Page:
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Johann Sebastian BACH (1685-1750)
Violin Concerto No. 2 in E major, BWV 1042 [17:39]
Wolfgang Amadeus MOZART (1756-1791)
Violin Concerto No. 4 in D major, K. 218 [25:12]
Felix MENDELSSOHN (1809-1847)
Violin Concerto in E minor, Op. 64 [27:26]
David Oistrakh (violin)
Philadelphia Orchestra/Eugene Ormandy
rec. 24 December, 1955, Academy of Music, Philadelphia. ADD
NAXOS 8.111246 [70:18]



With this disc, Naxos restores to the catalogue a marvellous set of performances from this magnificent violinist.  As the blurb on the back of the CD proudly proclaims, “This edition of the first American recordings by the great Ukrainian violinist, David Oistrakh, takes us back to a golden age.  Made in one astonishingly long burst of creativity on Christmas Eve 1955, they demonstrate a legendary violinist at his absolute peak”.  Quite so.  More than that, this disc offers listeners a snap shot of Oistrakh in concertos from three periods, starting with the Baroque, and moving through the Classical to the Romantic, and excelling in all three.
 
The Bach E Major receives a gorgeous performance here, in the first of Oistrakh's three commercial recordings of the piece.  (Alas, I have not heard and cannot compare his 1959 recording with the Moscow Chamber Orchestra under Rudolf Barshai.)  Oistrakh is lighter-hearted here than in his 1962 stereo remake with the Vienna Symphony Orchestra on Deutsche Grammophon (447 427-2).  He is also a shade quicker in each movement in this earlier recording.  His tone here is full and warm and though the Philadelphia Orchestra is not immune from tuning problems, their support is warmly sympathetic.  This is a smiling reading, though the second movement is touched by a sense of tragic intensity.  This recording was first released on Columbia ML 5087, along with  Vivaldi's A Minor Double Concerto, which Oistrakh and Isaac Stern recorded at the very end of the same Christmas Eve sessions in a terrible edition.  Anyone who wishes to hear that performance can do so here.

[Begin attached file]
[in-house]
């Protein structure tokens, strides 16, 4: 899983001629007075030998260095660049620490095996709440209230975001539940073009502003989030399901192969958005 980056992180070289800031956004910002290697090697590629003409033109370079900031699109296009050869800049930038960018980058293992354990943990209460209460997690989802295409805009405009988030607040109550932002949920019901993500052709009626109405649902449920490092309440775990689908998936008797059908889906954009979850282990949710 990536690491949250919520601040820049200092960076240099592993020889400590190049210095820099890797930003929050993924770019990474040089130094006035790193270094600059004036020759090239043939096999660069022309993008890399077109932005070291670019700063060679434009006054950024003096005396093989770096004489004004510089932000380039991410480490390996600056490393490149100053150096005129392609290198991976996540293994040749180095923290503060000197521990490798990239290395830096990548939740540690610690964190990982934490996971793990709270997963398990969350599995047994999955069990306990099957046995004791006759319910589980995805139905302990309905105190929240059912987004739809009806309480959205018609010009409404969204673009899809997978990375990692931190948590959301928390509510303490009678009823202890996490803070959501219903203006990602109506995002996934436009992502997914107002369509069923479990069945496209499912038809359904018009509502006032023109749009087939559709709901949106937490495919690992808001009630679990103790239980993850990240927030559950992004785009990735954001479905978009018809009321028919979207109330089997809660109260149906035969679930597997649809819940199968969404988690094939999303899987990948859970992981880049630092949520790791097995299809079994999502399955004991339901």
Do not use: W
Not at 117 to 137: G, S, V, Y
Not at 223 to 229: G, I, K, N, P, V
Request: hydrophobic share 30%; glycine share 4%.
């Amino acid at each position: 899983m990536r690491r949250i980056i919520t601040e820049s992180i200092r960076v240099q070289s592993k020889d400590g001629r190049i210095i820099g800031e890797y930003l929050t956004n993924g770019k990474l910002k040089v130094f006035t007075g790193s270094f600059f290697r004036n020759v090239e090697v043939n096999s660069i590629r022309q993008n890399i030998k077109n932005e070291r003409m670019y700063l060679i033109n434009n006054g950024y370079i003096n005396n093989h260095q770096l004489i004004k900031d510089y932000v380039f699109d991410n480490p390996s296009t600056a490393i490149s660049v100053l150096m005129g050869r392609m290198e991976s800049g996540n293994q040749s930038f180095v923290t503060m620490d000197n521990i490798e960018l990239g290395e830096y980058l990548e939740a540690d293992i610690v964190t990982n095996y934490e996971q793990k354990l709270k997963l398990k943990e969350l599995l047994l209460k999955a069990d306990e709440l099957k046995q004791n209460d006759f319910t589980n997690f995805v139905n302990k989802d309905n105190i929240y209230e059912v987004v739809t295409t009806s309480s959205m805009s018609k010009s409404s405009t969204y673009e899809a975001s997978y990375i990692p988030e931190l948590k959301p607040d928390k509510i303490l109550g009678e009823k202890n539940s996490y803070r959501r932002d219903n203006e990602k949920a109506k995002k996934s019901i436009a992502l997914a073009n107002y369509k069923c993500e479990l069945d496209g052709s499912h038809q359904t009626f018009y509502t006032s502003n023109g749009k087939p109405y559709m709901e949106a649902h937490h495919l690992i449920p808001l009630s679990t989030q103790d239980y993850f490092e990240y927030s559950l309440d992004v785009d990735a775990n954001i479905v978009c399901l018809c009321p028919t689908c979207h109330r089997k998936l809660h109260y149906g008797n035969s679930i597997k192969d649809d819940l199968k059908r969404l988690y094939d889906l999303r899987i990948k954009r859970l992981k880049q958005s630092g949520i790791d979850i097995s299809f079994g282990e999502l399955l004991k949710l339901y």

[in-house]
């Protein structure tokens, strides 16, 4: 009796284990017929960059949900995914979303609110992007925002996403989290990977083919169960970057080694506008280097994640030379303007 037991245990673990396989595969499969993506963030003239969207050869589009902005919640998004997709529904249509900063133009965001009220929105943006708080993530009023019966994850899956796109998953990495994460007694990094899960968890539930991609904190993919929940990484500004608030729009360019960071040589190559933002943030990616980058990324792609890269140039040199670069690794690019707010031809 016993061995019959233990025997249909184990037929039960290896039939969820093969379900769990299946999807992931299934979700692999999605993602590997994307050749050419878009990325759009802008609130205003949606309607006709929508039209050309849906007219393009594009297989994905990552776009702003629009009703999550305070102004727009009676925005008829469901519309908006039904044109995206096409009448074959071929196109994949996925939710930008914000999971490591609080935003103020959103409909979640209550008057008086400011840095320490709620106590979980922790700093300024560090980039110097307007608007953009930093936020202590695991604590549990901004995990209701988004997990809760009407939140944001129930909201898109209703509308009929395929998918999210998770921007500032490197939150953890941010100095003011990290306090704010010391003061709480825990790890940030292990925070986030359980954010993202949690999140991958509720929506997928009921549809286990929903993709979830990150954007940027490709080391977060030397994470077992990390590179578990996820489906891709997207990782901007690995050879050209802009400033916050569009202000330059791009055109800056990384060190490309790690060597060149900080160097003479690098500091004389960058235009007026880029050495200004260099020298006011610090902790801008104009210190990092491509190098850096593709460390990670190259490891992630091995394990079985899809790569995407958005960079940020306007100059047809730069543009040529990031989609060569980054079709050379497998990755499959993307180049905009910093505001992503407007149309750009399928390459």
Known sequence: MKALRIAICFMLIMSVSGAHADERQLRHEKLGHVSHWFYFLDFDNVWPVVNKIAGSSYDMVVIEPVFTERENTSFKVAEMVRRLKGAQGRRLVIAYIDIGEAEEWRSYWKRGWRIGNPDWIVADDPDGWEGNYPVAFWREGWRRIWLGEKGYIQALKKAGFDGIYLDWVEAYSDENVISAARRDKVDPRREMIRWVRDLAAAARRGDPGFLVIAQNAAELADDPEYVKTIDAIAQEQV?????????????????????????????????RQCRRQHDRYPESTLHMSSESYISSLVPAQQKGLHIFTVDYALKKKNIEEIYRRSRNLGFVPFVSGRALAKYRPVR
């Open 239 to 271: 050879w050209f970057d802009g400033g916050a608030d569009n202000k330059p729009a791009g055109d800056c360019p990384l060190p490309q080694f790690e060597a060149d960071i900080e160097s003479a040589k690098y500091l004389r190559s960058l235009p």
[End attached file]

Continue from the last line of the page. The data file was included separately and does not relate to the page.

This recording of Mozart's fourth violin concerto is the first of Oistrakh's two commercial recordings.  The other recording, with Oistrakh directing the Berlin Philharmonic from his violin, dates from 15 years later (EMI 7243 5 74578 2 8).  As much as I love the later recording, this earlier account has a brightness and sense of fun that sometimes is missing in the stereo remake.  The precision of Oistrakh's bowing here and his range of tone colour he draws from his instrument make this 1955 recording one to treasure.  Though the orchestra is definitely balanced behind the soloist, Ormandy coaxes some lovely sounds from his band, especially in the second movement.  As in his later recording, Oistrakh uses the cadenzas by the 19th Century virtuoso, Ferdinand David, and he plays them – and indeed the whole concerto – with taste, sensitivity and a rapt sense of beauty.
 
The recording of the Mendelssohn concerto that closes the disc is the second of Oistrakh's two commercial recordings.  His first was made in 1949 with the USSR State Symphony Orchestra under Kondrashin, a performance which has done the rounds of labels.  I first acquired it on a Vox LP, and it has been re-released most recently by Brilliant Classics in their Oistrakh concerto box.  This performance is very similar in conception to that earlier one, though the violinist is a touch quicker in the Soviet account.  There is not much to choose between the two recordings interpretatively, and Oistrakh is in fine fettle in both.  When it comes to sound, though, this recording is the clear winner.  He is closely recorded in the Soviet recording and though his powerful tone penetrates the gauzy atmosphere and Kondrashin extracts some sensitive wind playing from his orchestra, the soupy acoustic takes some of the edge off the performance.  No such complaints here.  Oistrakh's violin is vividly caught and Ormandy's orchestra is warmer and creamier.  The Mendelssohn concerto was never the signature work for Oistrakh that the Brahms, Tchaikovsky and Sibelius concertos were, but his playing here is superb: full-blooded and impassioned, but ever so stylish.  And, oh, that tone!
 
Mark Obert-Thorn has remastered his source material with care, achieving a lovely warmth and bloom, and a realistic presence that more than offsets a little hiss in the background.  Listening to Oistrakh's gorgeous playing in such beautifully restored sound, it is easy to forget that these recordings are 52 years old.
 
Oistrakh's admirers will definitely want this disc.  Anyone who cares about great violin playing should be queuing up too.
 
Tim Perry
 


 


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